Arts & Entertainment

TobyMac & friends mix music, faith on West Coast tour

TobyMac had his wedding ring tattooed on his left hand as reminder that his love and commitment to his wife is forever.

"My wife is a godsend," he said in a recent phone interview. "She helps me keep the faith."

TobyMac -- whose real name is Kevin Michael McKeehan -- is an award-winning rocker/rapper whose music is fueled by that faith.

He brings his Winter Wonder Slam tour to the Tri-Cities on Jan. 30 at the Toyota Center in Kennewick.

TobyMac broke into the music business in 1987 when he formed the group DC Talk with his friend Michael Tait.

The group went on to earn Dove and Grammy awards, then disbanded in 2001. TobyMac went solo, earning a Grammy Award in 2009 for best rock/rap gospel album.

"I try to write songs that touch me," he said. "I write songs about my own struggles with friendships and faith."

In the end, it's always been his faith in God that keeps him going, he said. His fourth solo album, Tonight on the ForeFront record label, is a selection of songs that appears to have broken through the barrier of sacred to mainstream music.

Accomplishing that crossover and selling albums that have gone gold and platinum didn't happen from radio play, but from touring, he said.

"I like gutsy songs about truth," he said. "And though I have vision, I'm also a collaborator who relies on people around me. It's just the way I roll."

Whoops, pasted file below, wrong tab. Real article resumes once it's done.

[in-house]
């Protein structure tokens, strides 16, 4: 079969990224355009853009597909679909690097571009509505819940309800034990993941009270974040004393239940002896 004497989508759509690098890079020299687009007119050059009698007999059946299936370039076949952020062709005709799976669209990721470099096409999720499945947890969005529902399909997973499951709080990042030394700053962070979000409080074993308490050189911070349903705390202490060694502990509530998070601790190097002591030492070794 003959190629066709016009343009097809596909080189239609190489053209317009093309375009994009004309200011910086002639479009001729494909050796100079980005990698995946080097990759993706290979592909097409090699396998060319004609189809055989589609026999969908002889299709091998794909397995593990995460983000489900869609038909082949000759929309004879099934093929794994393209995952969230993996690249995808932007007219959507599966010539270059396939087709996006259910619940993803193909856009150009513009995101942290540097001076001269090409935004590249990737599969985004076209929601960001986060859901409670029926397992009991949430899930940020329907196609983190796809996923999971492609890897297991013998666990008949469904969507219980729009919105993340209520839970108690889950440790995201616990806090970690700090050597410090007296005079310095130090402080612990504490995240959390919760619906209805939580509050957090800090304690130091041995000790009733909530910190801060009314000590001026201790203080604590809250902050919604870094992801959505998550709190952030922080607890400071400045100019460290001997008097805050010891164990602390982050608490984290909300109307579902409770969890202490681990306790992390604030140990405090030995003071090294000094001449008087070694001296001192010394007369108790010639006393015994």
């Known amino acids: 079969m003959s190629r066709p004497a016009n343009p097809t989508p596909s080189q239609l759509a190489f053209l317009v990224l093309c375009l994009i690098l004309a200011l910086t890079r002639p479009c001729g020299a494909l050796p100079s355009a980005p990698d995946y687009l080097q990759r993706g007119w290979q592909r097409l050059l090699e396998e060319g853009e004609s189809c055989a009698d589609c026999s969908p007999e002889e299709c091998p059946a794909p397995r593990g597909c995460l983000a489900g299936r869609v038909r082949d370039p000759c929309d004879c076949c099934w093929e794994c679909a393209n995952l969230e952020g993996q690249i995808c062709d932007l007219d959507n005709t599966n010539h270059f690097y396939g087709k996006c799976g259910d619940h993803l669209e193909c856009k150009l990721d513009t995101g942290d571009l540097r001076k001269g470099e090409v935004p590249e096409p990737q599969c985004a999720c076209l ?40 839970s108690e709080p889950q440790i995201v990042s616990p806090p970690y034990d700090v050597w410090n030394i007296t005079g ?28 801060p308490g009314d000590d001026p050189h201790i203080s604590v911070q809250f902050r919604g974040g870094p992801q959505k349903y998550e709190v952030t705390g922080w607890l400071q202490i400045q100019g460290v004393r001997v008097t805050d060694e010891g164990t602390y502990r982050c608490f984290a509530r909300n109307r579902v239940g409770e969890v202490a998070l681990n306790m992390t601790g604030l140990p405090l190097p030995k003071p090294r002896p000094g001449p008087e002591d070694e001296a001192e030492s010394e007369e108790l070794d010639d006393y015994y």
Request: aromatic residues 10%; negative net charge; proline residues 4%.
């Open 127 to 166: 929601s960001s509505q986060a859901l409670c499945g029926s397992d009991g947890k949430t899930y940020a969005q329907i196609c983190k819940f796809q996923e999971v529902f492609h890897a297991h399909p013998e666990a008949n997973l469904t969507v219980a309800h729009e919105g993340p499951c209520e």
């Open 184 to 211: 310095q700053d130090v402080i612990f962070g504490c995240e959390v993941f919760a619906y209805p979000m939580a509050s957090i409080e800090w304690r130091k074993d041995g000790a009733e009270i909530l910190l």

TobyMac tours with his band Diverse City. And though he claims to be a perfectionist when making records, when it comes to family life his is as normal as it gets.

He makes sure his concerts are spread thin enough so he isn't away from home for too long. He lives in Tennessee and has five children.

"The hardest weeks are when we're touring the West Coast (for two weeks each year) because that's so far from home," he said.

"Touring is the tough part of this job and why I like to spread my concerts thin enough so I can be home with my wife and kids more than I'm not," he said. "I want to be a daddy in the mix."

Even though he's known worldwide for his music and inspirational books, when he gets home he's just Dad.

"My wife still makes me take out the trash," he joked. "I will only do four shows in a row and then I'm home being a daddy."

Tickets to the Tri-City show are from $27 to $42, with a limited number of VIP passes for $77, and are available at www.ticketmaster.com or the coliseum box office. Tickets purchased at the box office avoid service charges.

*Dori O'Neal: 582-1514; doneal@tricityherald.com

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